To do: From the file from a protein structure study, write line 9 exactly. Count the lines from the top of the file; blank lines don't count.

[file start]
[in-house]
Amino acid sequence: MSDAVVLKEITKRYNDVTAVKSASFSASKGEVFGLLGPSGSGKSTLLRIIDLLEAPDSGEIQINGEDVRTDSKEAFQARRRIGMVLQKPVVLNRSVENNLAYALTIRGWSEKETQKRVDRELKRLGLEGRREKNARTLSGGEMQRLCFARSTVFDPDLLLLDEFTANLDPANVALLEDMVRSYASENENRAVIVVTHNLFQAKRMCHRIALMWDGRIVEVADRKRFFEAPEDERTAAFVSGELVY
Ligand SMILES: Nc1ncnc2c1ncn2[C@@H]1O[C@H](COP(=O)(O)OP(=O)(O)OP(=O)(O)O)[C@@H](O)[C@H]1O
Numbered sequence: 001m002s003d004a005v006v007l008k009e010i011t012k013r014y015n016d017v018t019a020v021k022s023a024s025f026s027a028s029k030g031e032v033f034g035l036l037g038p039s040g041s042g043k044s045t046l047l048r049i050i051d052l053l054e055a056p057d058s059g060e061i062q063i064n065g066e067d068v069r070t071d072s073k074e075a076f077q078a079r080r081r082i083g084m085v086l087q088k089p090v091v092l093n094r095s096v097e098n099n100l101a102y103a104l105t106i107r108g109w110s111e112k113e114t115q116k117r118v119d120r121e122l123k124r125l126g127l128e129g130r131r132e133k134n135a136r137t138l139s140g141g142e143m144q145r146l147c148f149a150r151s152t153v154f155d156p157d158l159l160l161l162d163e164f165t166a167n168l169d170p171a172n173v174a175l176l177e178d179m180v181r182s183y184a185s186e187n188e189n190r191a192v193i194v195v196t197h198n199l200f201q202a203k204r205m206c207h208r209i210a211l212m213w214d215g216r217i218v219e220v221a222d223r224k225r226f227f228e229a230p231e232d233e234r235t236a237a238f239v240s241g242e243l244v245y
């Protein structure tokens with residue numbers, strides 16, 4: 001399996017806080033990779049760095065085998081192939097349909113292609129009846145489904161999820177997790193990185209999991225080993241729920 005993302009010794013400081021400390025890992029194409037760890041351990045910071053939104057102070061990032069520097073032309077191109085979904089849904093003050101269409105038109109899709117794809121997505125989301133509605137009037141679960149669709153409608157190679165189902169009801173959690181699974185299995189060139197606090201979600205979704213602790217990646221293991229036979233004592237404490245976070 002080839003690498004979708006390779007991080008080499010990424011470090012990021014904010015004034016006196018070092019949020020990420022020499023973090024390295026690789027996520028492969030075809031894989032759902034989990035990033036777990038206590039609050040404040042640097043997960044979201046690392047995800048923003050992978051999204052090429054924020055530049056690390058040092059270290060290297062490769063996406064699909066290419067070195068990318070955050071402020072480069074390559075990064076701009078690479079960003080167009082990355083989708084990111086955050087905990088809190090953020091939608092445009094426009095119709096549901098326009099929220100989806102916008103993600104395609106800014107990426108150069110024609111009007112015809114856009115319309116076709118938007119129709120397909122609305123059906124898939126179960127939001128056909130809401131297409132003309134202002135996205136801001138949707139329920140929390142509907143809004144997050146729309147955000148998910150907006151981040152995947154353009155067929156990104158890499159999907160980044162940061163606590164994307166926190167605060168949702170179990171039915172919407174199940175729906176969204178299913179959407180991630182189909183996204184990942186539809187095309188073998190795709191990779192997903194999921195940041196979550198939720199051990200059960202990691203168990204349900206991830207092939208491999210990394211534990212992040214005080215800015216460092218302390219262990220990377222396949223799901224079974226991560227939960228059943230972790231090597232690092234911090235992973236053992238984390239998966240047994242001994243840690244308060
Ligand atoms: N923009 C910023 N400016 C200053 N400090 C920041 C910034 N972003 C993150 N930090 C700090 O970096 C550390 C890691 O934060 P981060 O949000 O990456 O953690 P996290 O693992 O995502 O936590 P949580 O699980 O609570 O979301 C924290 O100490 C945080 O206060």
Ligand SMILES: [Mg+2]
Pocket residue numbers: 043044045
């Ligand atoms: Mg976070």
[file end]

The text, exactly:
């Ligand atoms: Mg976070």